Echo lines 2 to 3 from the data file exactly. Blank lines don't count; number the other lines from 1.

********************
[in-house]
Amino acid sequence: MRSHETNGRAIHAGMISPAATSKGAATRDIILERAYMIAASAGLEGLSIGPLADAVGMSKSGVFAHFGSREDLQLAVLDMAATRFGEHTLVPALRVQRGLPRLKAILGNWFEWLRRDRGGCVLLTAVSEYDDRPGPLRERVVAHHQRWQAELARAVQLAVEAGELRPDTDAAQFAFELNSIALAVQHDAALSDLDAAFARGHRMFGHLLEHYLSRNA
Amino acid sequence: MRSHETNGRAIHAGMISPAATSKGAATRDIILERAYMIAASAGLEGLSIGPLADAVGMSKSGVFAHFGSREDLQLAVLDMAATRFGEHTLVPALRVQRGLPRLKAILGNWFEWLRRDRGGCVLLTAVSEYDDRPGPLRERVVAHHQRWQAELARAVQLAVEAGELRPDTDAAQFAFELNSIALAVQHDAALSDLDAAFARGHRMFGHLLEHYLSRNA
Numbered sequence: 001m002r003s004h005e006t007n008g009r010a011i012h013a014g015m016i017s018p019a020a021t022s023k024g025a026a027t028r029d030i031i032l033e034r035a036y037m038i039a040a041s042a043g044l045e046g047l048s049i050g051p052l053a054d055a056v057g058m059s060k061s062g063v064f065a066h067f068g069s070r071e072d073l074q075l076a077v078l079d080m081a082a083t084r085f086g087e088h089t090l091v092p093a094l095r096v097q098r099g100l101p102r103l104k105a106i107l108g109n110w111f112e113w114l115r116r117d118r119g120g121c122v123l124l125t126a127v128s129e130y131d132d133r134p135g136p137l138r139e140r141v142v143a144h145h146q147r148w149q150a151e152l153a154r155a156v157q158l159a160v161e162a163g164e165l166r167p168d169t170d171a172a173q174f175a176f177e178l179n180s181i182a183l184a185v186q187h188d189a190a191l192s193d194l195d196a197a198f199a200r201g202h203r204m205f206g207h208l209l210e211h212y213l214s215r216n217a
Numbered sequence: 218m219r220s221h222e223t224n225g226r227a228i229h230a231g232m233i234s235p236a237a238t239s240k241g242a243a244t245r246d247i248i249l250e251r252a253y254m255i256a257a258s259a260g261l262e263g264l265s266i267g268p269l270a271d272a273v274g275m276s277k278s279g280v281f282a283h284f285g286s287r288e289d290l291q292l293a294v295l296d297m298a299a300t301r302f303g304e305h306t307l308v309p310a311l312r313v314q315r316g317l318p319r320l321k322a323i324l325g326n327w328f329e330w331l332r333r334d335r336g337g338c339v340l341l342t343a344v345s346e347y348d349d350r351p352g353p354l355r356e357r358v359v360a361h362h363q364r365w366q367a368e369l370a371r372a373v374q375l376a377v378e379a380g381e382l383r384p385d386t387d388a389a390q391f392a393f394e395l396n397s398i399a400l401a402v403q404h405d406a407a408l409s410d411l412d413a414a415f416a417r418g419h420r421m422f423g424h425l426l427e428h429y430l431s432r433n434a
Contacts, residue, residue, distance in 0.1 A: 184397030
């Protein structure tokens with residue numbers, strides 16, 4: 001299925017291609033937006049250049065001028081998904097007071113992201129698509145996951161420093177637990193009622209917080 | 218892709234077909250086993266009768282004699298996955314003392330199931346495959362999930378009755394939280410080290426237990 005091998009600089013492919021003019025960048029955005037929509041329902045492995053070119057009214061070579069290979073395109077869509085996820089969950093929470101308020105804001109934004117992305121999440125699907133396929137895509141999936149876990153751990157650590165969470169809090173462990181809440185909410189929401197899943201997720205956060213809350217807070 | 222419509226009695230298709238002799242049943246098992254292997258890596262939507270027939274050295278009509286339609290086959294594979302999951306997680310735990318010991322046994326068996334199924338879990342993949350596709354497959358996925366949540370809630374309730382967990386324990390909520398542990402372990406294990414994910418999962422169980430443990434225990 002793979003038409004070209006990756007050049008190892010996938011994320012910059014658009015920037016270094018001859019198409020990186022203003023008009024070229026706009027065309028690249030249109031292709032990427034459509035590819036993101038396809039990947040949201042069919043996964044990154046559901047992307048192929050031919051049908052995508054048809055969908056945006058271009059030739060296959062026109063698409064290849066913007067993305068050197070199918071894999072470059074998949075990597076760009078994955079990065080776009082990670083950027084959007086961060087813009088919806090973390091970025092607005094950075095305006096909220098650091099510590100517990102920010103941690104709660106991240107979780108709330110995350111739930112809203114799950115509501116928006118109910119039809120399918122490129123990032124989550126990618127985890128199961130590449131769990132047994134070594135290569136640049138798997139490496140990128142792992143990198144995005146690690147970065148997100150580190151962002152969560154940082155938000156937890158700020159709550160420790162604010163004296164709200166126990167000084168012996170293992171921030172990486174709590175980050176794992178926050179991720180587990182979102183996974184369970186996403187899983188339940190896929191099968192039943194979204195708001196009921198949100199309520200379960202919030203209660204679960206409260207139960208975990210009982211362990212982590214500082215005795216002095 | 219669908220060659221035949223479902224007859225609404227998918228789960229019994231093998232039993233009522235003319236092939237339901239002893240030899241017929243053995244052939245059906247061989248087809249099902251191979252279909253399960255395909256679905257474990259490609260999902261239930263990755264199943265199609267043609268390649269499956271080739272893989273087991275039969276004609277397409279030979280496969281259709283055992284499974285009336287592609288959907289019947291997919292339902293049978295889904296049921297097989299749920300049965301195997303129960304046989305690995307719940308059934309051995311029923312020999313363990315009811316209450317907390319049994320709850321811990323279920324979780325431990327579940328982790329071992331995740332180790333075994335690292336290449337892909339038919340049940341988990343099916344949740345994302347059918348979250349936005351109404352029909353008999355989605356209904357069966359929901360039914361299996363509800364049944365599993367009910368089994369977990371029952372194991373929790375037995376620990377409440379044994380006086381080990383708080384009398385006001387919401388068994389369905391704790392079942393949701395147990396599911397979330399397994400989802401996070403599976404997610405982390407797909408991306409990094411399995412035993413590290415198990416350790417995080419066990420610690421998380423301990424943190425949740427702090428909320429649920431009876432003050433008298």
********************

Amino acid sequence: MRSHETNGRAIHAGMISPAATSKGAATRDIILERAYMIAASAGLEGLSIGPLADAVGMSKSGVFAHFGSREDLQLAVLDMAATRFGEHTLVPALRVQRGLPRLKAILGNWFEWLRRDRGGCVLLTAVSEYDDRPGPLRERVVAHHQRWQAELARAVQLAVEAGELRPDTDAAQFAFELNSIALAVQHDAALSDLDAAFARGHRMFGHLLEHYLSRNA
Amino acid sequence: MRSHETNGRAIHAGMISPAATSKGAATRDIILERAYMIAASAGLEGLSIGPLADAVGMSKSGVFAHFGSREDLQLAVLDMAATRFGEHTLVPALRVQRGLPRLKAILGNWFEWLRRDRGGCVLLTAVSEYDDRPGPLRERVVAHHQRWQAELARAVQLAVEAGELRPDTDAAQFAFELNSIALAVQHDAALSDLDAAFARGHRMFGHLLEHYLSRNA